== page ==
Details of the $25 billion settlement involving state and federal officials and the five largest servicers will change how liens are prioritized, and in turn, opponents say, will benefit banks but hurt investors.[IMAGE]
Typically, in cases involving delinquent loans, the second liens are written off before a first lien takes any losses. Under the settlement, first and second liens will share in the losses equally, with both getting written down proportionally instead of wiping out the second lien, which tends to yield a higher return since it includes a higher risk.[COLUMN_BREAK]
""Efforts to modify first liens only, or to modify firsts and seconds in proportion, are, in effect, transfer from the first lien holder to the second,"" said Mark Calabria, director of financial regulation studies at the Cato Institute in his written testimony during a hearing Thursday. ""We should reject such transfers, as they violate the basic principles of contract and property.""
Citing a CoreLogic report, Calabria said 11.1 million borrowers are underwater, and of those, 4.4 million have both first and second mortgages.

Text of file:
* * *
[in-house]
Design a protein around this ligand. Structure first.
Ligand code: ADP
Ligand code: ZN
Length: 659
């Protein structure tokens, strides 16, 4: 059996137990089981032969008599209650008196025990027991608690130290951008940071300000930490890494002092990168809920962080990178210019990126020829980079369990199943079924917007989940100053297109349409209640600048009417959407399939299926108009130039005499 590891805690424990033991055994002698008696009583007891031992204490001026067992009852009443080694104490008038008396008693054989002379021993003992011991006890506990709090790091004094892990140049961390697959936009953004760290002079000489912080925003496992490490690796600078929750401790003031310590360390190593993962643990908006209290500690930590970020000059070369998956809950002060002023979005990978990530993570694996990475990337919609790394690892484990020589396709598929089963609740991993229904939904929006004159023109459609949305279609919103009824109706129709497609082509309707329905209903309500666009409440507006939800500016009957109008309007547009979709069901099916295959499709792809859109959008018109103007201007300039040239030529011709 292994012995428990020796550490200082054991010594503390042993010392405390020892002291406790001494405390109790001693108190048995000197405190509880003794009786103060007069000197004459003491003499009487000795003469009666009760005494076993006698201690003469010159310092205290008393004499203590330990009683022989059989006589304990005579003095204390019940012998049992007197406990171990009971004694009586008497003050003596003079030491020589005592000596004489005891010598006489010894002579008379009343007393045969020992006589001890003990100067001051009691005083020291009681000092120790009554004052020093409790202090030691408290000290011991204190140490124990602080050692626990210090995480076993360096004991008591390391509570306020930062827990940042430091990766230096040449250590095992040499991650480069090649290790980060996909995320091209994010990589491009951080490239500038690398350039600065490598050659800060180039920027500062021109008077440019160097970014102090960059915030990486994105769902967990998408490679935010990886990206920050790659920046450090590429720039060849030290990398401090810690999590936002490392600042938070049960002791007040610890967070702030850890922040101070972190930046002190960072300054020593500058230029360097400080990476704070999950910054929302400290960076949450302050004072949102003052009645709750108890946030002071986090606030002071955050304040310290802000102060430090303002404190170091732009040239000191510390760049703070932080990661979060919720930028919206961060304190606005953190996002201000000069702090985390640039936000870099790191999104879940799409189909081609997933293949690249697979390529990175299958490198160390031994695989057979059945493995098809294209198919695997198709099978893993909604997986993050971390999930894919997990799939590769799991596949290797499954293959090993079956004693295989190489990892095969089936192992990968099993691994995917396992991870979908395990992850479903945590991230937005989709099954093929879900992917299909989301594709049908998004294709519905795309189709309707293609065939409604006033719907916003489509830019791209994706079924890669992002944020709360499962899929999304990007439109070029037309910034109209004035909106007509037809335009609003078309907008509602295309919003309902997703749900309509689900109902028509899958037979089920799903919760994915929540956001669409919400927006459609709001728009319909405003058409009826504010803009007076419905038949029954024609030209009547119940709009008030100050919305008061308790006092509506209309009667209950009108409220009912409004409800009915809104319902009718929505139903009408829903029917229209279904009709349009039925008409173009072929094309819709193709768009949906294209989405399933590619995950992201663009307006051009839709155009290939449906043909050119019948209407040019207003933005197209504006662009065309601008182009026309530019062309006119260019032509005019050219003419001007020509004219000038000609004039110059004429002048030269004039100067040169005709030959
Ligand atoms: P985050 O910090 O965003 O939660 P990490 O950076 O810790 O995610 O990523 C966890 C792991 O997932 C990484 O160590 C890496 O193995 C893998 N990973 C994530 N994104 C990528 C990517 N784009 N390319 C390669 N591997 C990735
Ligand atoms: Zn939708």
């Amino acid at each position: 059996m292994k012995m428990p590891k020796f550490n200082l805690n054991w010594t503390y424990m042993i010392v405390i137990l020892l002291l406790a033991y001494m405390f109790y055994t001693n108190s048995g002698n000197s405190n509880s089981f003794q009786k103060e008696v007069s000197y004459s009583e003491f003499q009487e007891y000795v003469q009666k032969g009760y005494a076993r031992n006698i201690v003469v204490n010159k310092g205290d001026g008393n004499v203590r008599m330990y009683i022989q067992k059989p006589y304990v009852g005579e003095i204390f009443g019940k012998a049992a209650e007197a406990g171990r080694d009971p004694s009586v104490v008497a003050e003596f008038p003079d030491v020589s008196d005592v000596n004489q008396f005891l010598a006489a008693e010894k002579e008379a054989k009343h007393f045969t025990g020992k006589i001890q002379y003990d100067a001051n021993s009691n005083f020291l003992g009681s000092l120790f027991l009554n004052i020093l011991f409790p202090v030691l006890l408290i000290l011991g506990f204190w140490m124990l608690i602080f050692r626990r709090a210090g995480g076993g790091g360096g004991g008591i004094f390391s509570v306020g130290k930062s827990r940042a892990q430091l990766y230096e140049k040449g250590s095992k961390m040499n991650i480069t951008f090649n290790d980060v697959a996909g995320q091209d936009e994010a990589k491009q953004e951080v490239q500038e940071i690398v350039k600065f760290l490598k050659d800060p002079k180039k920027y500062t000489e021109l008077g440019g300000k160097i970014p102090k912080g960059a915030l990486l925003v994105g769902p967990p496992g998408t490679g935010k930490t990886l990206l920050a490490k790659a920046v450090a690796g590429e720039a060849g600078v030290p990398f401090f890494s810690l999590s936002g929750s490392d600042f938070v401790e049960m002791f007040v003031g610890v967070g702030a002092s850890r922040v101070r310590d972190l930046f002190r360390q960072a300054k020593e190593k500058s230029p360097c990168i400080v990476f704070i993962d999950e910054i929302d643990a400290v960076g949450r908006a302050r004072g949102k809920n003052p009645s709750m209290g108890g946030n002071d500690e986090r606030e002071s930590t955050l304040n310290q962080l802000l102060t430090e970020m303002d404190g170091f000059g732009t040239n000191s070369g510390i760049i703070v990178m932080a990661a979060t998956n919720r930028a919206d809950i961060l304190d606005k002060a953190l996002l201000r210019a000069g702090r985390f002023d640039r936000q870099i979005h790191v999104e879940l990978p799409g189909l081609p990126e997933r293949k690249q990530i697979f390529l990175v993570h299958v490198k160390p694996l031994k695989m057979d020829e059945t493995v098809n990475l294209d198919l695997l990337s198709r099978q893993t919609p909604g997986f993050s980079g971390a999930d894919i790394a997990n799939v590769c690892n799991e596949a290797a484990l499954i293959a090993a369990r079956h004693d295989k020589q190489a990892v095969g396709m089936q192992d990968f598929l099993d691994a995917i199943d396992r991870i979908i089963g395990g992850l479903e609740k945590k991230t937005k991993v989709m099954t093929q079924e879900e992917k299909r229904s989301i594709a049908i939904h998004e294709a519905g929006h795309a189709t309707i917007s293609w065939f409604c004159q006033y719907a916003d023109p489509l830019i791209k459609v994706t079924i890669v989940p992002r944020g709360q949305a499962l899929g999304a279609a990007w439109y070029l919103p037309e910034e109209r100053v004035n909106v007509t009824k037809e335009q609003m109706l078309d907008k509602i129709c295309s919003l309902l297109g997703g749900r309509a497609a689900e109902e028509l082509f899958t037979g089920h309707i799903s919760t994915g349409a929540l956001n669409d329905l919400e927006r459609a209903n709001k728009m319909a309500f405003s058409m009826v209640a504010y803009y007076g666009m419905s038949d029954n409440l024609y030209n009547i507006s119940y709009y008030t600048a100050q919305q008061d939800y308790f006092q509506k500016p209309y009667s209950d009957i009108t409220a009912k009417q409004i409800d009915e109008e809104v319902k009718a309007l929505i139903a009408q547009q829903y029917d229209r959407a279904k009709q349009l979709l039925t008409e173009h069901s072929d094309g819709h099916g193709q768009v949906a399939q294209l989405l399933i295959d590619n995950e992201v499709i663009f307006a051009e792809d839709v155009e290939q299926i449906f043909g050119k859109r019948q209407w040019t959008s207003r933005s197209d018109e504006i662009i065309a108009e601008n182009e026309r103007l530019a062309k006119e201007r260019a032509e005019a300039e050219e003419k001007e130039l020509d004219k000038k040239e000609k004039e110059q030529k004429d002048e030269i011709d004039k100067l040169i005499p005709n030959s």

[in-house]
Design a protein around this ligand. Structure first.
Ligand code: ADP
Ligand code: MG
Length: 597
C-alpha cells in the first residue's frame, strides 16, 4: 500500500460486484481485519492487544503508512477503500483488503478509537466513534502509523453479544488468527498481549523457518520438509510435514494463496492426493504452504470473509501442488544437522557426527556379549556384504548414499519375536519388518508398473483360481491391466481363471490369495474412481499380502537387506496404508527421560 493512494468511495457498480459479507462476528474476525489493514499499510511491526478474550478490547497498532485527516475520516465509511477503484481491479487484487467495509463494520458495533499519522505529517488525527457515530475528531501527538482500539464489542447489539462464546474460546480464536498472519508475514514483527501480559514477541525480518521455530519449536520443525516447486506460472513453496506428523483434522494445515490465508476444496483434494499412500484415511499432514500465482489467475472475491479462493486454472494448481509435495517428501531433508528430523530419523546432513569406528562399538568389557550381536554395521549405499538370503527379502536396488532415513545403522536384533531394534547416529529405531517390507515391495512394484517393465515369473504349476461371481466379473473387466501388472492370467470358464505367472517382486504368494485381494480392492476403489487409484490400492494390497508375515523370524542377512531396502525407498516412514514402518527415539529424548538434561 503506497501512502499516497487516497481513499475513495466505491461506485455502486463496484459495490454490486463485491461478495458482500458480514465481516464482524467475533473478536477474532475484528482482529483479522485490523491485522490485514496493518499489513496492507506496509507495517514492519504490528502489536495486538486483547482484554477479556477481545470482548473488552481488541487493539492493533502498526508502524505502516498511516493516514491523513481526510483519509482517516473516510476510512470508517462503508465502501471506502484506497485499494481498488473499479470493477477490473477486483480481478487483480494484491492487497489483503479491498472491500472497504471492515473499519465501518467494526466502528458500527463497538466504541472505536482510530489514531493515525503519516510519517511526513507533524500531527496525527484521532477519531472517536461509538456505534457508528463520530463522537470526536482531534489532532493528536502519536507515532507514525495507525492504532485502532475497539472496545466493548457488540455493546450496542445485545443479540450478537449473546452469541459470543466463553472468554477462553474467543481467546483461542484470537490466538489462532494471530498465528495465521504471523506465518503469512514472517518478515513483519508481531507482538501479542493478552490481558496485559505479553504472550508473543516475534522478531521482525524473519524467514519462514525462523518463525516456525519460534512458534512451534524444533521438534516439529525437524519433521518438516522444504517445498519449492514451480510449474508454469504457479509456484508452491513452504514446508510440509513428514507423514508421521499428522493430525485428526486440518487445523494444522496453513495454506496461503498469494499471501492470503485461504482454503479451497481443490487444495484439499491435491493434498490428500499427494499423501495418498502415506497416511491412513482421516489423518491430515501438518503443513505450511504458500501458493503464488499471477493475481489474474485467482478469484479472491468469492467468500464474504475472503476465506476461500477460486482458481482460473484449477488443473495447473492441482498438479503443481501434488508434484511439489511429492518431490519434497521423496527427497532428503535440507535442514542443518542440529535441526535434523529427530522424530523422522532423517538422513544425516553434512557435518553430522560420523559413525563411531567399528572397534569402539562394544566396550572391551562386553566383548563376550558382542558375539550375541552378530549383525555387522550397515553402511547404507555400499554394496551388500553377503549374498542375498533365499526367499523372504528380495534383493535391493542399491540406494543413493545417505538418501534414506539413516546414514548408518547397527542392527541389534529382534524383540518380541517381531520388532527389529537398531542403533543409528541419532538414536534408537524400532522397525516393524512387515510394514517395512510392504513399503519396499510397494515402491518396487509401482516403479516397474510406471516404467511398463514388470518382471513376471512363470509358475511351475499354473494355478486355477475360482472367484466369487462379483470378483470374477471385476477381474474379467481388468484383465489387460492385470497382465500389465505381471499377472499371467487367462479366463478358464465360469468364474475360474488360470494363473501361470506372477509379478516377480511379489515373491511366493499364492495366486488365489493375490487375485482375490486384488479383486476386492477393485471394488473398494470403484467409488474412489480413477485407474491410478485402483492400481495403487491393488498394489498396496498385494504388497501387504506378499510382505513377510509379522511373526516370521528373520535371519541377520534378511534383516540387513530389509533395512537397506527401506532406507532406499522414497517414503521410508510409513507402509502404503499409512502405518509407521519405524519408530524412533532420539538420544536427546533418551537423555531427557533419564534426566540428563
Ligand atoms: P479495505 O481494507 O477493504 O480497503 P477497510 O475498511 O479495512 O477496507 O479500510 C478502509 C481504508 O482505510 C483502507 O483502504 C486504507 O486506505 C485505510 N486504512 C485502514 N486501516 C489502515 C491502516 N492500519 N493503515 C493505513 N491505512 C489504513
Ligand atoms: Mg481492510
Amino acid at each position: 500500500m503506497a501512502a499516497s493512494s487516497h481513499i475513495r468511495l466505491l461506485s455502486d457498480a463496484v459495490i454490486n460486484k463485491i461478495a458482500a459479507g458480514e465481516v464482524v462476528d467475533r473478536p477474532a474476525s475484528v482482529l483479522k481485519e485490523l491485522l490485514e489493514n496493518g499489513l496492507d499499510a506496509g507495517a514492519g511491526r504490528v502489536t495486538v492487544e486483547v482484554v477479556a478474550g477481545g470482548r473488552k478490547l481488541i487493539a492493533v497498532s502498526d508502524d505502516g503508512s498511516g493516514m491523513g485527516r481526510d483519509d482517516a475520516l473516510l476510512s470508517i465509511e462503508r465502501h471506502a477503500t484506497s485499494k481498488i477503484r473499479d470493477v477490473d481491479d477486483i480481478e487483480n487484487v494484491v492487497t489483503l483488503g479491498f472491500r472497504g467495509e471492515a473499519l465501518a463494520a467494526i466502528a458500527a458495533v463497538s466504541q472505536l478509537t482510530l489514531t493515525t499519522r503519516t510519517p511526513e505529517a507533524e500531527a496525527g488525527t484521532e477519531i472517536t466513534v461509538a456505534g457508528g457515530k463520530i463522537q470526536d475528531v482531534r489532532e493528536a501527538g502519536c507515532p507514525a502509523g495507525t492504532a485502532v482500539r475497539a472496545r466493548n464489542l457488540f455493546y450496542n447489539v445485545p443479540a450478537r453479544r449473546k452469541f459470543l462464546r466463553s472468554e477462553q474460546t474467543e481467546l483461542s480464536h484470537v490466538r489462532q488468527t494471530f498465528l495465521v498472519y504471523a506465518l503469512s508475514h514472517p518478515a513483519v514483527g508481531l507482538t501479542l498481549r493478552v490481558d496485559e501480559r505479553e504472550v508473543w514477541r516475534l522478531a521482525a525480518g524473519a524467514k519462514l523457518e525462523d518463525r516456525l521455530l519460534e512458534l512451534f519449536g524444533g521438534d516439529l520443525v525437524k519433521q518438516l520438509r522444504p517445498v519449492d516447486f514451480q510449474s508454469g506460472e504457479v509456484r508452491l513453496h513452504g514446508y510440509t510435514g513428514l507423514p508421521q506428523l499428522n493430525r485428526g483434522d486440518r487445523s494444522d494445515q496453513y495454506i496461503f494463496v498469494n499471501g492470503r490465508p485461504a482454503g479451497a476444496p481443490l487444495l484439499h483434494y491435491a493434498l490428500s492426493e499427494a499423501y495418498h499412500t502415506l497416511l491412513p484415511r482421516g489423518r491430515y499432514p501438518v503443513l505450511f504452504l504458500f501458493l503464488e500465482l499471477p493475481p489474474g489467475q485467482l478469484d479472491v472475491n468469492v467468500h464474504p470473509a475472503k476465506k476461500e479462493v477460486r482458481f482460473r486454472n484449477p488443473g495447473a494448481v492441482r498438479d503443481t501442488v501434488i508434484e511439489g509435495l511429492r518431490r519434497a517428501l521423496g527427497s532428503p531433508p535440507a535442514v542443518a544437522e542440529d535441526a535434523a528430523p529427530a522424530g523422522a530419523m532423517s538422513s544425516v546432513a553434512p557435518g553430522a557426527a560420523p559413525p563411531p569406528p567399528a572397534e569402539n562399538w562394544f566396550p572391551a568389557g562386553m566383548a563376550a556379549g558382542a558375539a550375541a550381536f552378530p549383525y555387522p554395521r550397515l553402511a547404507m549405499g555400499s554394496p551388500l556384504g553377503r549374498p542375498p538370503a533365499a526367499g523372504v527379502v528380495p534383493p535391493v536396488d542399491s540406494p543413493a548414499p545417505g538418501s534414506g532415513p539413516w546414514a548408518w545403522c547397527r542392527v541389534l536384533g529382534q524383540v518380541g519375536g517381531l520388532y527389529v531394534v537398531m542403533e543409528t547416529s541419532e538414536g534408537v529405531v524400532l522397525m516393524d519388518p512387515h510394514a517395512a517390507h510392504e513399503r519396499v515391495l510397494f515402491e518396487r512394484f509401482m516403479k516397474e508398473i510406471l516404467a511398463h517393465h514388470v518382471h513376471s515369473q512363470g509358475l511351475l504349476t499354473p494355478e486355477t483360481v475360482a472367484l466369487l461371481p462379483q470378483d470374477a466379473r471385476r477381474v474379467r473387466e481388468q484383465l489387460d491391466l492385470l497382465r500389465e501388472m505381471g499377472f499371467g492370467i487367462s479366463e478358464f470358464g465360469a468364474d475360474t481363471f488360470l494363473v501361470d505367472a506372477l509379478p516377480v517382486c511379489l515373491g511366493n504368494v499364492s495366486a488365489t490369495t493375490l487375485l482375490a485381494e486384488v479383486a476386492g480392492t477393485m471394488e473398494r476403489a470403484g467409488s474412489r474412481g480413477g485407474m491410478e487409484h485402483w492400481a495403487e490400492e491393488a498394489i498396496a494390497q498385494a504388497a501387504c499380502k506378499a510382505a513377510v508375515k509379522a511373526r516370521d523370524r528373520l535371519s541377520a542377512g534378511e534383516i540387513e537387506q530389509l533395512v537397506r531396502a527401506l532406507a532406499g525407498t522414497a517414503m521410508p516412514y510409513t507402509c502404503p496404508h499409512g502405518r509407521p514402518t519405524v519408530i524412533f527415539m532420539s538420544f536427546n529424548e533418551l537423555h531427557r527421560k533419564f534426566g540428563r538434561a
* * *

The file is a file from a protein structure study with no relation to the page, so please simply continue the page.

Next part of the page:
""The average LTV [loan-to-vale] of these borrowers is 138 percent, implying that in the event of a foreclosure, the second lien would likely have little, if any value,"" Calabria said in his testimony.
More often than not, Calabria said the first lien holders are the investors, whether its pension funds and such, and second lien holders tend to be banks.
Although a proponent of principal reduction, Laurie Goodman, senior managing director of Amherst Securities, said she agreed with what Calabria had to say about the issue during the hearing.
""The attorney general settlement scares me a great deal because essentially banks are getting credit for writing down investor loans,"" said Goodman.